Researchers have long known that in social insect societies, queens wield tremendous power, laying eggs to the exclusion of the other females in the colony. Now new research reveals that some queens are even more tyrannical than previously thought. According to the results of a study published today in the journal Science, queen fire ants can even influence the ratio of males to females in the colony.

Conventional wisdom holds that the female workers who raise the young control the sex ratio, starving or destroying unwanted larvae. Owing to a quirk of ant reproductive biology, the female workers are three times more closely related to the queen's female offspring than they are to the males, so, in theory, the female workers should skew the sex ratio in favor of females. Generally, observations bear this out. But biologists have found a few puzzling exceptions to the rule, noting that some fire ant colonies contain many more males than predicted.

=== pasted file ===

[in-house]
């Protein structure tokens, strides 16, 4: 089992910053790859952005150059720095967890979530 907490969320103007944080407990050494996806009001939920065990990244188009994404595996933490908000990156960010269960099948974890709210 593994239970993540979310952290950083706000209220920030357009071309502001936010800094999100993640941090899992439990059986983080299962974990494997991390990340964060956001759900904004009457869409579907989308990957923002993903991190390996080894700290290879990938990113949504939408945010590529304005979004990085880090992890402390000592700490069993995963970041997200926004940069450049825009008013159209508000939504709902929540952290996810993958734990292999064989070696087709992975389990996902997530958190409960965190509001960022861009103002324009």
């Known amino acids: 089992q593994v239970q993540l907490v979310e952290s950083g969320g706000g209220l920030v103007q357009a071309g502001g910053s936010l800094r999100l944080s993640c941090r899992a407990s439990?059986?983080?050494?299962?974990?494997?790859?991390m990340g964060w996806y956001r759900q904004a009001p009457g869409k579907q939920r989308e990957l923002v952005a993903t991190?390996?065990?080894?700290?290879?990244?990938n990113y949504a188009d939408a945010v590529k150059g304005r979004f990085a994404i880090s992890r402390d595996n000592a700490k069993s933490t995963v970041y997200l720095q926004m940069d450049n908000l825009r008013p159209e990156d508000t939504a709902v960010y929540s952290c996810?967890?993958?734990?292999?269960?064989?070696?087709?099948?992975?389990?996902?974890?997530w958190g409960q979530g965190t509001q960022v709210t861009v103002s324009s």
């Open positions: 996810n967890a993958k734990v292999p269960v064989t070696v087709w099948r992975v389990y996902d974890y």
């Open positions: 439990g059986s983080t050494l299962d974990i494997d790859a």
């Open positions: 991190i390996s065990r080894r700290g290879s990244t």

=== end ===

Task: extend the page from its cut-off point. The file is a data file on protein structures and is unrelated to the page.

To find out who in the colony really controls the sex ratio, Laurent Keller of the University of Lausannne and his colleagues took queens from male-dominated colonies and female-dominated colonies and switched them. The results were striking. Within five weeks, the colonies reflected the sex ratios of the colonies from which the queens came. That is, queens from male-dominated colonies managed to convert female-dominated colonies into male-biased ones, and queens from female-dominated colonies transformed male-dominated colonies into female-biased ones.

The queens exert this influence by limiting the number of male or female eggs. But considering that she is equally related to all her offspring, exactly why a queen should show a preference at all remains a mystery.